Limitations of calorie density



While the principle of calorie density is useful, it has various limitations which are discussed here.  What we would actually like to measure is the ratio of a food's tendency to promote satiety to its tendency to promote weight gain or loss.  This would be difficult to measure accurately, so calorie density is merely a proxy for this theoretical principle.


1)  "A calorie is a calorie is a calorie"  -is this true?


While losing weight generally requires a calorie deficit to force your body to metabolize body fat for energy, the above statement is not exactly correct.  Here are some reasons why:


a) Absorption of macronutrients with metabolic potential energy is not 100% efficient.  


About 5% of potential calories from food are lost in stool and urine (11), and the absorption is different for different foods.  Additionally, certain medical conditions can cause malabsorption (i.e. chron's disease,  cystic fibrosis, or having a history of gastrointestinal surgery).


b) The food you eat affects metabolic rate


The processes of digestion and absorption themselves require metabolic energy.  Peristalsis in the gastrointestinal tract, secretion of digestive enzymes, active transport mechanisms in the small intestine, and other aspects of digestion burn calories.


This is known as "thermogenesis" 


​The following describes an estimate of the amount of energy which is lost in digestion for the three classes of macronutrients (57)


fats: 2-3%

carbohydrates: 6-8%

proteins: 25-30%


As you can see protein rich foods tend to require more energy to digest.  Various other sources support this notion (58, 59, 60).


c) The type of food you eat affects satiety, independent of calories and mass.


There is significant evidence that protein is more satiating than fats and carbohydrates (61,62).  Soy and meat protein appear to equally effective (65).  However, whey may be more effective at promoting satiety in comparison to casein, even though they are both proteins found in milk (67).


"Low-fat dairy products, eggs, and legumes enhance satiety. Although energy dense, nuts have some satiety-inducing effect, when included in the diet by isocaloric replacement of usual foods." (58)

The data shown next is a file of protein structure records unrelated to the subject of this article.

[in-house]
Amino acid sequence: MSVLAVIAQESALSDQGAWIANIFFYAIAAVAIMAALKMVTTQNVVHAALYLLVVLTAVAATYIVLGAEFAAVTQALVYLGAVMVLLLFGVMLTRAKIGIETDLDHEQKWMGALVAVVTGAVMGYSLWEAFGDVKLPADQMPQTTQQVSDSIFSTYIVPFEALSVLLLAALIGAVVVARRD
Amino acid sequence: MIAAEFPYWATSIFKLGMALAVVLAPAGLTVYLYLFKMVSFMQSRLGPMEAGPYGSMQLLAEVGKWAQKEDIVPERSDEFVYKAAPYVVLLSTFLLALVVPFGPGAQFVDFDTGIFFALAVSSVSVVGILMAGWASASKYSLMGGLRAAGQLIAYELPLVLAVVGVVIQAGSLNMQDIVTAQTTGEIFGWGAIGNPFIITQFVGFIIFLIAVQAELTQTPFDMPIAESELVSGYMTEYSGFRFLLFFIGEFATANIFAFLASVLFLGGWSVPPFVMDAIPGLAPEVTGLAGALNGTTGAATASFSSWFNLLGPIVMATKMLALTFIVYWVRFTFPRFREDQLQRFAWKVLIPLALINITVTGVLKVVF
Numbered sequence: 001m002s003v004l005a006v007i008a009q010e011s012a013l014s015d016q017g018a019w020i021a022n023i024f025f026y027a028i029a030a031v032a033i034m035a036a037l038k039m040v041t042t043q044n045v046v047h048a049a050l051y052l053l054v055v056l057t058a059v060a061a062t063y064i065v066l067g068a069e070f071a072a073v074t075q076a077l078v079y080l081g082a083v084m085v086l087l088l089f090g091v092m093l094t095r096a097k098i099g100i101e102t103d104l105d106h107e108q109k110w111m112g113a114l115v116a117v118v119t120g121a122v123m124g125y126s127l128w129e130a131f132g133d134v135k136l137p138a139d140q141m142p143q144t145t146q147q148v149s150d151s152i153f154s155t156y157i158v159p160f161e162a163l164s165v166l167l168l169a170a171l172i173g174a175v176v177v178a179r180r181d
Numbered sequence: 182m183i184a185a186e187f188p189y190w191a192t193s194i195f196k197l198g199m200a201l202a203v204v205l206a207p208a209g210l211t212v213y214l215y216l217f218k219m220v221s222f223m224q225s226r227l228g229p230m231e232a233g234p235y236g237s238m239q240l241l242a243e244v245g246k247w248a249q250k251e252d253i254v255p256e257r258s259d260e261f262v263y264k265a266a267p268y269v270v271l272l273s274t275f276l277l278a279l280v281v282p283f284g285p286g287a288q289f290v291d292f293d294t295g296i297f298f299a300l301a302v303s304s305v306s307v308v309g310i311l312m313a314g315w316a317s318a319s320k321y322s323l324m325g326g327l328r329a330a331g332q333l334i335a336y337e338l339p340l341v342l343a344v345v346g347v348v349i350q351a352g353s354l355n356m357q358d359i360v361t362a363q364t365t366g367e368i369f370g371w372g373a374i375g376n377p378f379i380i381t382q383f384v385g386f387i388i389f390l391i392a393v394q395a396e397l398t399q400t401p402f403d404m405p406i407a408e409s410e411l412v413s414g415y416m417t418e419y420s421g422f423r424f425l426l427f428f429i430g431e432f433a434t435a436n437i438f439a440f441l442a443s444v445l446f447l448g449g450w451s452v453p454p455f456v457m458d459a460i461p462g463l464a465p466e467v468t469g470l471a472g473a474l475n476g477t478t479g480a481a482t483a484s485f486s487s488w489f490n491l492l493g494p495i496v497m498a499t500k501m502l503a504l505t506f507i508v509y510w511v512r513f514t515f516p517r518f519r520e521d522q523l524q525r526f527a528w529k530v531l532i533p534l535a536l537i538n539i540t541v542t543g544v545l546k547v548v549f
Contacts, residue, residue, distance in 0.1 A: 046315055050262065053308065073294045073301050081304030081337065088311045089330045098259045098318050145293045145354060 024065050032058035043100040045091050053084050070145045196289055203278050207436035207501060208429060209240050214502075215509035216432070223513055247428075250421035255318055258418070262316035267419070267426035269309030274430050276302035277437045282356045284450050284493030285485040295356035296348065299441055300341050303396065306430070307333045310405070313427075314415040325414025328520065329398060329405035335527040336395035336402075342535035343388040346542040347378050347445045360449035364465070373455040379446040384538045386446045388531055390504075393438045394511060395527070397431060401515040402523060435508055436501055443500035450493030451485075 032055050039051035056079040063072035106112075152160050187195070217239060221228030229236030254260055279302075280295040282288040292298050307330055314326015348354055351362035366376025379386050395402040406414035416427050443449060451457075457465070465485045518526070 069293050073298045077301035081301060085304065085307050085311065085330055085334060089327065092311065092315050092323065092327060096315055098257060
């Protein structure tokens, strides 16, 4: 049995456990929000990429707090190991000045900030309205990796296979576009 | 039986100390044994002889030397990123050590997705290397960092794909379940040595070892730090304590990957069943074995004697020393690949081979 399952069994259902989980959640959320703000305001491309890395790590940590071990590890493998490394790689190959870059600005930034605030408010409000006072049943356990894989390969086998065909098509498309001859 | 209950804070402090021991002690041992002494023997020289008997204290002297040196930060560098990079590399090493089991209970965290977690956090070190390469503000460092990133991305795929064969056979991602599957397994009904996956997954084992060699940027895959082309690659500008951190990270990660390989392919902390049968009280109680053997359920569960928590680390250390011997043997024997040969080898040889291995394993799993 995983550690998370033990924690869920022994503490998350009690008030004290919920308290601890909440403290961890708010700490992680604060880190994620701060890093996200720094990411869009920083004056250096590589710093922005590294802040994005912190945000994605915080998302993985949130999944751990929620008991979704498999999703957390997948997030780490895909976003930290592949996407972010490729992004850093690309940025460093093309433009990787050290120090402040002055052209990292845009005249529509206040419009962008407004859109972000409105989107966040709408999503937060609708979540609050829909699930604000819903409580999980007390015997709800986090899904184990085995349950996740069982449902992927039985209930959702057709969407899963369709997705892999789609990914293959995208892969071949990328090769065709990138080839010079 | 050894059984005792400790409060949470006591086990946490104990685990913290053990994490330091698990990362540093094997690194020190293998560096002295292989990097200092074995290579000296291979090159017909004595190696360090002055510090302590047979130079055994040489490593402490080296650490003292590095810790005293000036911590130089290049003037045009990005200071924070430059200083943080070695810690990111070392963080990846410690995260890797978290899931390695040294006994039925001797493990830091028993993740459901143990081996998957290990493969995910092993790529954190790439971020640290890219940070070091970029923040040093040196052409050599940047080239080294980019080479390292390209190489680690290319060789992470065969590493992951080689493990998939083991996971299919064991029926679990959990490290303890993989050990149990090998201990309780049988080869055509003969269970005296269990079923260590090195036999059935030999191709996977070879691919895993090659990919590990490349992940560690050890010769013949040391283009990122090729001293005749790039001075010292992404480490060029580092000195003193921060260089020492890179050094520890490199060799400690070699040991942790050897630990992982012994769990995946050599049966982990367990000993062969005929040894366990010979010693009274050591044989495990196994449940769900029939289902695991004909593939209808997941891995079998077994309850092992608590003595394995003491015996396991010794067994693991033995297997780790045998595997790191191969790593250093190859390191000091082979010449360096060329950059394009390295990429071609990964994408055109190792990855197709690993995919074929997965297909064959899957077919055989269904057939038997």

Insoluble fiber also may contribute favorably to satiety (71), although some studies dispute this effect (72, 73).


c)  Specific foods may affect appetite and metabolism in complicated ways.


For example fructose and glucose have identical calorie densities (and the same molecular formula), but fructose may cause less satiety (56) and reduces leptin (a hormone which suppresses appetite) (55).


Green plant membrane extract may suppress food urges through the effects of glucagon like peptide 1 (GLP-1) (64).  GLP-1 secretion may be impaired in obese individuals (66)


Even the specific taste and texture of foods may have some influence


One study suggests that our satiety for specific cravings is taste specific (i.e. "salty" and "sweet") (70).  We may even feel a need to satisfy a craving for a particular food texture (i.e "hard" or "soft") (70).


Even the variety of food may have an effect (75) with less variety promoting earlier satiety (perhaps people get tired to eating too much of a single type of food).  


I could give various other examples, but suffice it say that calorie density significantly oversimplifies the complicated sciences of satiety, appetite, and metabolism.


2) Mass does not necessarily reflect volume occupied in the stomach


Many have argued that volume in the stomach is the most important contributor to the feeling of satiety (69), and mass is merely a proxy for stomach volume.  Barbara Rolls proposes the principle of "volumetrics" which is similar to the concept of calorie density but focuses on volume rather than mass.


Lets take popcorn as an example.  When compared to potato chips, popcorn was more satiating (74) even though both are high in calorie density.  The reason for this may be because popcorn has a high air content, and even after mashing it down with your teeth, some of the air is retained in the stomach.


"You can eat an awful lot of popcorn without taking in a lot of calories...it may not weigh much, but it makes your stomach feel full because it takes up so much space" -Holt (the author of source 62)


If we look at the pictures of pretzels and oatmeal below (both pictures show exactly 100 Calories), they fill up about equal volume on the plate, but the oatmeal is much less calorie dense
















How exactly does one measure the volume of airy foods...and the volume of those foods in the human stomach?  How much is the air in those pretzels contributing to satiety?  It is difficult to say, and calorie density ignores air and does not fully account for the effect of volume in some cases.


3) Empirically measured satiety is not perfectly predicted by the mass of food



Various attempts have been made to estimate the satiety which a particular food produces more accurately


For instance, nutrition data has developed a "fullness factor" (FF) which is calculated as follows (76):